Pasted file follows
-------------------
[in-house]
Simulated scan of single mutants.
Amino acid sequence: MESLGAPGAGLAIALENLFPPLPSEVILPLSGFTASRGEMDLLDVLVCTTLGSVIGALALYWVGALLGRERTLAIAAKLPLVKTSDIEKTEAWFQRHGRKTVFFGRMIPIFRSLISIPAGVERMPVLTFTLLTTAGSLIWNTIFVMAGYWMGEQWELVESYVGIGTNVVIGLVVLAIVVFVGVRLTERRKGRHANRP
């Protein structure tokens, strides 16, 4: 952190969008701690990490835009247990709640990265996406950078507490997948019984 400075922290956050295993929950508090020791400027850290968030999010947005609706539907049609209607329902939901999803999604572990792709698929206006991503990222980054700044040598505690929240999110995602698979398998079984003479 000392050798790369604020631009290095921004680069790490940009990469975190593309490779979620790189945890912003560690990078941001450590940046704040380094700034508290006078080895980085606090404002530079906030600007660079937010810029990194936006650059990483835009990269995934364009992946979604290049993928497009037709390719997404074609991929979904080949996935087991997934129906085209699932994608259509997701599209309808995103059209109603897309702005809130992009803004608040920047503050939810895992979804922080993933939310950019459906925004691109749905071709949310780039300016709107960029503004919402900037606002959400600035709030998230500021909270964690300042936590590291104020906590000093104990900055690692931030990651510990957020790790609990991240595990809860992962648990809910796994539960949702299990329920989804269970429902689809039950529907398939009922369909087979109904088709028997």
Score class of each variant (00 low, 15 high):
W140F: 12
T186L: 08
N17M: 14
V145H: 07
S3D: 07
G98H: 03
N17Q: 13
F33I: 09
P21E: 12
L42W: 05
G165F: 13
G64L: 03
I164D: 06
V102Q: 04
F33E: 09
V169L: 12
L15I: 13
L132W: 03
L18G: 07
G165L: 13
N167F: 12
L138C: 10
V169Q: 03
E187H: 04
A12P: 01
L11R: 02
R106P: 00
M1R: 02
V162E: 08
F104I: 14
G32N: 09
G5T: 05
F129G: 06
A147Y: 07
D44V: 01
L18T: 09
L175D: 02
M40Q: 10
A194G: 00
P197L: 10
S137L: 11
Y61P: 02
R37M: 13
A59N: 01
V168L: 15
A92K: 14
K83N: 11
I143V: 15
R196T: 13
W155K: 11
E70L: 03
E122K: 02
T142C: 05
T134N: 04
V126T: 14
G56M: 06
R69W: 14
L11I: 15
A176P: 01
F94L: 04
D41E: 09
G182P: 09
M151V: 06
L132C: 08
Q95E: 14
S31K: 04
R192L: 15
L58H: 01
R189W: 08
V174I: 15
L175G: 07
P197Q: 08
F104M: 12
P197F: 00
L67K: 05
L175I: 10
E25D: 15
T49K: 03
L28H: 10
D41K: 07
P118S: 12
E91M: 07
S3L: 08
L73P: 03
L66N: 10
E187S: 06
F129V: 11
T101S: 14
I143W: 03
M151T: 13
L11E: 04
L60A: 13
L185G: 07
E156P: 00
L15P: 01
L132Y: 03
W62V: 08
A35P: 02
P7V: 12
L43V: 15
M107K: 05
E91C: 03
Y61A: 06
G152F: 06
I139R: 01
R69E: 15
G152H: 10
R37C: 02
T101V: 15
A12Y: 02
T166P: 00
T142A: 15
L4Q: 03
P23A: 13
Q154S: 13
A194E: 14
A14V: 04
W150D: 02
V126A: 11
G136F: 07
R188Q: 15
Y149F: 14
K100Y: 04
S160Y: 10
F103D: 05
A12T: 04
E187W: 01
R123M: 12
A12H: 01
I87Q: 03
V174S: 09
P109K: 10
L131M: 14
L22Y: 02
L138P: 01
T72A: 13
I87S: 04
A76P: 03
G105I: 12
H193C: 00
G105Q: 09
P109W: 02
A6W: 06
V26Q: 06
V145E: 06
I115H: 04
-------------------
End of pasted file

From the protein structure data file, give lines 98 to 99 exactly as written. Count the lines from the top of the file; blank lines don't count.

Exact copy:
L185G: 07
E156P: 00